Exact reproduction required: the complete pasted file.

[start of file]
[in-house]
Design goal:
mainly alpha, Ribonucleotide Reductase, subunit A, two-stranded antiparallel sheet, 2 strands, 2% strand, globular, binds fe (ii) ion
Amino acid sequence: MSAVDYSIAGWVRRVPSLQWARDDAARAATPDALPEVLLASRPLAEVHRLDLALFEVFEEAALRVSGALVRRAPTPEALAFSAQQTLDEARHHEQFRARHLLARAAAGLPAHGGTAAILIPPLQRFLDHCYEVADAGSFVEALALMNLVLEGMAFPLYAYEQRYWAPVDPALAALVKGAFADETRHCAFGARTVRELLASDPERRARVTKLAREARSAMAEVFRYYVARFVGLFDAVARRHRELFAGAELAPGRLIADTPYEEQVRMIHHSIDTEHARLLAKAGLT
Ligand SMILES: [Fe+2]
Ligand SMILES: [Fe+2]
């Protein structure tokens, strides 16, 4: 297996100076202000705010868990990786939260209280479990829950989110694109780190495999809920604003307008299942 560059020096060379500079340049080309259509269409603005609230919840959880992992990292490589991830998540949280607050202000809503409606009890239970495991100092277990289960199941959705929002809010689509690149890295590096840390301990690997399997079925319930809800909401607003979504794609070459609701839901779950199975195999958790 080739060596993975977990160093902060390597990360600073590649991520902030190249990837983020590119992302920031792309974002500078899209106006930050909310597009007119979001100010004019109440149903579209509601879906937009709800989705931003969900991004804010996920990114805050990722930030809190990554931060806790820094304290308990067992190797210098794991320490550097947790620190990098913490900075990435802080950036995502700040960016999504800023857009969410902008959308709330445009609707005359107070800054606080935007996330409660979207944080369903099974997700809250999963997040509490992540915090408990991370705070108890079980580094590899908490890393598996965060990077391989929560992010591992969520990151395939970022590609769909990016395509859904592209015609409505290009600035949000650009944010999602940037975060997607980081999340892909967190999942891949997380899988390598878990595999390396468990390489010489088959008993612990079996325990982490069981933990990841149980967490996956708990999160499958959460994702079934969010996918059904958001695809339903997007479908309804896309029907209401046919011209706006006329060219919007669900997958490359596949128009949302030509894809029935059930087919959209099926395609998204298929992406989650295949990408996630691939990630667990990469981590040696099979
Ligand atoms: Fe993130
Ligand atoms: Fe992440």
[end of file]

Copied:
[in-house]
Design goal:
mainly alpha, Ribonucleotide Reductase, subunit A, two-stranded antiparallel sheet, 2 strands, 2% strand, globular, binds fe (ii) ion
Amino acid sequence: MSAVDYSIAGWVRRVPSLQWARDDAARAATPDALPEVLLASRPLAEVHRLDLALFEVFEEAALRVSGALVRRAPTPEALAFSAQQTLDEARHHEQFRARHLLARAAAGLPAHGGTAAILIPPLQRFLDHCYEVADAGSFVEALALMNLVLEGMAFPLYAYEQRYWAPVDPALAALVKGAFADETRHCAFGARTVRELLASDPERRARVTKLAREARSAMAEVFRYYVARFVGLFDAVARRHRELFAGAELAPGRLIADTPYEEQVRMIHHSIDTEHARLLAKAGLT
Ligand SMILES: [Fe+2]
Ligand SMILES: [Fe+2]
């Protein structure tokens, strides 16, 4: 297996100076202000705010868990990786939260209280479990829950989110694109780190495999809920604003307008299942 560059020096060379500079340049080309259509269409603005609230919840959880992992990292490589991830998540949280607050202000809503409606009890239970495991100092277990289960199941959705929002809010689509690149890295590096840390301990690997399997079925319930809800909401607003979504794609070459609701839901779950199975195999958790 080739060596993975977990160093902060390597990360600073590649991520902030190249990837983020590119992302920031792309974002500078899209106006930050909310597009007119979001100010004019109440149903579209509601879906937009709800989705931003969900991004804010996920990114805050990722930030809190990554931060806790820094304290308990067992190797210098794991320490550097947790620190990098913490900075990435802080950036995502700040960016999504800023857009969410902008959308709330445009609707005359107070800054606080935007996330409660979207944080369903099974997700809250999963997040509490992540915090408990991370705070108890079980580094590899908490890393598996965060990077391989929560992010591992969520990151395939970022590609769909990016395509859904592209015609409505290009600035949000650009944010999602940037975060997607980081999340892909967190999942891949997380899988390598878990595999390396468990390489010489088959008993612990079996325990982490069981933990990841149980967490996956708990999160499958959460994702079934969010996918059904958001695809339903997007479908309804896309029907209401046919011209706006006329060219919007669900997958490359596949128009949302030509894809029935059930087919959209099926395609998204298929992406989650295949990408996630691939990630667990990469981590040696099979
Ligand atoms: Fe993130
Ligand atoms: Fe992440």